Decided: December 22, 1983.
JOHN TORCHIA; EDNA TORCHIA; KAREN WOOLLEY, INDIVIDUALLY AND AS GUARDIAN AD LITEM FOR RYAN WOOLLEY, PLAINTIFFS-RESPONDENTS,
WILLIAM F. FISHER, ADMINISTRATOR OF THE ESTATE OF WILLIAM R. FISHER, DEFENDANT, AND GARDEN STATE AVIATION, INC., A CORPORATION, DEFENDANT-APPELLANT, AND WALL HERALD CORPORATION, A CORPORATION, DEFENDANT-RESPONDENT
On appeal from the Superior Court, Appellate Division.
For affirmance -- Chief Justice Wilentz, and Justices Clifford, Schreiber, Handler, Pollock, O'Hern and Garibaldi. For reversal -- None. The opinion of the Court was delivered by Pollock, J.
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At issue is the interpretation and the constitutionality of N.J.S.A. 6:2-7, which imposes absolute liability on airplane owners for damage caused by their planes to persons and property on the ground. Although this Court upheld the constitutionality of the statute in Adler's Quality Bakery, Inc. v. Gaseteria, Inc., 32 N.J. 55 (1960), that case did not raise the specific issue presented here, whether an airplane owner is absolutely liable under the statute if the plane is used without the owner's permission. In this case, the owner contends that the plane was stolen and that the statute does not apply because the imposition of absolute liability on an owner of a stolen plane would violate the due process clauses of the fourteenth amendment to the United States Constitution and of the New Jersey Constitution.
The trial court granted summary judgment on liability for plaintiffs, who suffered personal injuries and property damage from the crash of the plane. In an unreported opinion, the Appellate Division affirmed. We granted the owner's motion for leave to appeal, 93 N.J. 254 (1983), and now affirm the judgment of the Appellate Division.
Garden State Aviation, Inc. (Garden State), which is engaged in the business of training pilots to fly small aircraft, owned a Piper Aztec airplane. The airplane was stored in Garden State's facility at Monmouth County airport, owned by Wall Herald Corporation.
Early in the morning of June 4, 1980, William R. Fisher, a student of Garden State, took the airplane without permission from Garden State's facilities at the Monmouth County Airport. During the ensuing flight, Fisher crashed the plane into the residence of John and Edna Torchia, in Neptune, New Jersey. The crash destroyed the Torchias' house and damaged the adjacent home where their daughter, Karen Woolley, and her son,
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Ryan Woolley, lived. Fisher, who was acquainted socially with Karen Woolley, was killed in the crash. The Torchias and the Woolleys instituted this action seeking to recover for property damage to the two homes, and the Woolleys also sought to recover for personal injuries.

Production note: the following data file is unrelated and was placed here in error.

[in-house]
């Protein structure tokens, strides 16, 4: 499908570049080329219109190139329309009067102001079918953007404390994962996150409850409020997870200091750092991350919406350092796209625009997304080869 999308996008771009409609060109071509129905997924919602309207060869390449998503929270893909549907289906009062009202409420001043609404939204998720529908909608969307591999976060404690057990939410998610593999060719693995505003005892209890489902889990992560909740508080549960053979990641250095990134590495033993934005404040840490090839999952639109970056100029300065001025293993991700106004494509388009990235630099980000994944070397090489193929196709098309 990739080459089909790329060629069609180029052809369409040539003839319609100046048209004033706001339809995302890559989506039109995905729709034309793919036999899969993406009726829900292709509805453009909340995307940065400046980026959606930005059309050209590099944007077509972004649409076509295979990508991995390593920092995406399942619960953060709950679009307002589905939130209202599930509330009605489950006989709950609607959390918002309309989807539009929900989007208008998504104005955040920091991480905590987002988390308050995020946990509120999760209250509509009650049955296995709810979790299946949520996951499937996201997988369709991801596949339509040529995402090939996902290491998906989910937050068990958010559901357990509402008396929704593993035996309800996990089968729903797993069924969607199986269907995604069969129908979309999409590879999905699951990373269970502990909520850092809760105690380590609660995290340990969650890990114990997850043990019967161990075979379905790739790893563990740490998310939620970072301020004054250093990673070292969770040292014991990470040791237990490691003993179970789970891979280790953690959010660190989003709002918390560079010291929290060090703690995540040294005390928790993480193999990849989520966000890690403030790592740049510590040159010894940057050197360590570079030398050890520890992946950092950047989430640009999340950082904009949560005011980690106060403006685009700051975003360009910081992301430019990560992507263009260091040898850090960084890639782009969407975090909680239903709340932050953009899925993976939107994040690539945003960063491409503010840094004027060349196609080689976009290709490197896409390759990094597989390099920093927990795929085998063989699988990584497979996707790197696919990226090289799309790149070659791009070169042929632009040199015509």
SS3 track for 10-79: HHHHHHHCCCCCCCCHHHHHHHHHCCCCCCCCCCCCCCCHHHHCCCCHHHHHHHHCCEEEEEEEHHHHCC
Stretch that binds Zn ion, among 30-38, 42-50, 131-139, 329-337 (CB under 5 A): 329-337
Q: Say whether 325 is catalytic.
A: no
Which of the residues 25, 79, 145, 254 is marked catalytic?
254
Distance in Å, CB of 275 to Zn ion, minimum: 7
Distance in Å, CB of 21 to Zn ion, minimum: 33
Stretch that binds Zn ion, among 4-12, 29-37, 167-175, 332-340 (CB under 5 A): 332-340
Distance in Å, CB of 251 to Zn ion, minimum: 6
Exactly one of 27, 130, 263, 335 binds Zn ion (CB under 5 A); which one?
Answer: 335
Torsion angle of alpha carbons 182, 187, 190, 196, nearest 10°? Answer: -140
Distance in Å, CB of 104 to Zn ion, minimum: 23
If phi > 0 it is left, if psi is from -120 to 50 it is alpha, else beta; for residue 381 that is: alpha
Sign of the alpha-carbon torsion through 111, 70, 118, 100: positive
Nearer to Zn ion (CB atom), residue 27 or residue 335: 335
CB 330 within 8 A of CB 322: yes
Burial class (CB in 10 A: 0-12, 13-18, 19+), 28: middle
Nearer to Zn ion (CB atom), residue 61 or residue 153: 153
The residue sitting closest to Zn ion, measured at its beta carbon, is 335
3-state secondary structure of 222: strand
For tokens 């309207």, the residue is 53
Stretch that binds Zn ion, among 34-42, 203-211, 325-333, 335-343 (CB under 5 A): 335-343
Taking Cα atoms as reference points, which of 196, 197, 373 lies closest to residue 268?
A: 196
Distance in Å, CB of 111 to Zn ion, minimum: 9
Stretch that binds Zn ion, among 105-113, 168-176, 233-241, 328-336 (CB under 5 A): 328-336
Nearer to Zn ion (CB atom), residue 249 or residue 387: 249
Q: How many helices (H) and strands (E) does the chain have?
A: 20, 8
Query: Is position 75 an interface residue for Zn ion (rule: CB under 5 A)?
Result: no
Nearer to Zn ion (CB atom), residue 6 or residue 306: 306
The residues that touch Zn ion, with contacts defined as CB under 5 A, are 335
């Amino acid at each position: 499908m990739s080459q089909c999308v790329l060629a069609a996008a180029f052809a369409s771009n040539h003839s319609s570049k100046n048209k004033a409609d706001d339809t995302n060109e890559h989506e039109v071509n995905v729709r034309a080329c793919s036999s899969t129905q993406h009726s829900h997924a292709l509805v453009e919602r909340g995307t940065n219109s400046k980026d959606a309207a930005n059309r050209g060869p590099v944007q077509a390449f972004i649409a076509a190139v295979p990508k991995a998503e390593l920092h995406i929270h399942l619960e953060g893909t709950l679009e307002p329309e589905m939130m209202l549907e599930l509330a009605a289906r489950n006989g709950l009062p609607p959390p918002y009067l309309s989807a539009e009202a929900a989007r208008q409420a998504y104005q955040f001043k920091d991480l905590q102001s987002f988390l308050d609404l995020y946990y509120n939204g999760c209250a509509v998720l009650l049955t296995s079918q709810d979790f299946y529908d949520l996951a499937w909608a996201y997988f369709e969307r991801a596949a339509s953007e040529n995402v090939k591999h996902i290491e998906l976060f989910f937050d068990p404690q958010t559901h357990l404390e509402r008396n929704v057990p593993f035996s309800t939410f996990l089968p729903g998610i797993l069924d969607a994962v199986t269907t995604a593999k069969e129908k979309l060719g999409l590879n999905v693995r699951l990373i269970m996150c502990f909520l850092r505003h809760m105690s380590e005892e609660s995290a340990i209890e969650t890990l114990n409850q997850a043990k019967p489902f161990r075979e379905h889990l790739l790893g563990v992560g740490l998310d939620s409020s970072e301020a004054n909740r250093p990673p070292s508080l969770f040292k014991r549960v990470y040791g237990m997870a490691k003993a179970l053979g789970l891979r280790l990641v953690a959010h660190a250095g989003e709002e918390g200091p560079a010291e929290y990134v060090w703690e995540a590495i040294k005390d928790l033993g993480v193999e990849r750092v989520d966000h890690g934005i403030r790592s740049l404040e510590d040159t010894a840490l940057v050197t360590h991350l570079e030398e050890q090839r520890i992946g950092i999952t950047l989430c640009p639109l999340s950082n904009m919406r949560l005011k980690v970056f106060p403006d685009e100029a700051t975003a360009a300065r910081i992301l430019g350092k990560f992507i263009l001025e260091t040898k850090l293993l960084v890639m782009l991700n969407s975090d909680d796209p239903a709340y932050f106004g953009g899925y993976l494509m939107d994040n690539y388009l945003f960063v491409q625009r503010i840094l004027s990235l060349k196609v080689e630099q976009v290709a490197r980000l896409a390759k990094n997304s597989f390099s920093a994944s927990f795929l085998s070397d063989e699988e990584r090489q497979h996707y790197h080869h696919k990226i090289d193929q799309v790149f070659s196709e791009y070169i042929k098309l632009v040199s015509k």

We first examine the Legislature's intent in enacting the statute. Originally promulgated in 1929 as L. 1929, c. 311, § 5, N.J.S.A. 6:2-7 was virtually identical to the Model Uniform Aeronautics Act drafted by the Commission on Uniform State Laws in 1922.*fn1 The only difference is that the Commission refers to a pilot as an "aeronaut," while the statute uses the term "airman." See Bogert, Recent Developments in the Law of Aeronautics, 8 Cornell L.Q. 26, 33 (1922-23). Soon after the creation of the Uniform Act, twenty-three states adopted it. See Elliot, Liability of the Owner of an Aircraft Under the Federal Aviation Act of 1958, 38 J. Air L. & Com. 547, 555 n. 39 (1972) (Elliot).
In 1943, however, the act was eliminated from the list of Uniform Laws. See Handbook of The National Conference of
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Commissioners on Uniform State Laws and Proceedings of the Fifty-Third Annual Conference 66-67 (1943). Soon thereafter the number of states retaining the act dropped to eighteen. Elliot at 555 & n. 39. By 1957, New Jersey was one of only six states retaining the Uniform Act. See Wolff, Liability of Aircraft Owners and Operators for Ground Injury, 1957 Ins. L.J. 629, 638. At present, only Delaware, Hawaii, and South Carolina join New Jersey in imposing statutory absolute liability on aircraft owners. See Del.Code Ann. tit. 2, § 305 (1974); Hawaii Rev.Stat. § 263-5 (1976); S.C.Code Ann. § 55-3-60 (Law Co-op. 1976).
Although inaction is a questionable device for construing legislative intent, that the Legislature has retained the statute in face of rejection elsewhere underscores the conclusion that all airplane owners, even owners of stolen aircraft, should be absolutely liable for ground damage caused by airplane crashes. We do not suggest that the Legislature must continue that policy, only that the exclusion of the owners of stolen aircraft from the statute should be accomplished by the Legislature, not the judiciary. See Vt.Stat.Ann. tit. 5, § 224 (1972) (statute expressly exempts from liability owners or lessees of aircraft taken without their knowledge or permission).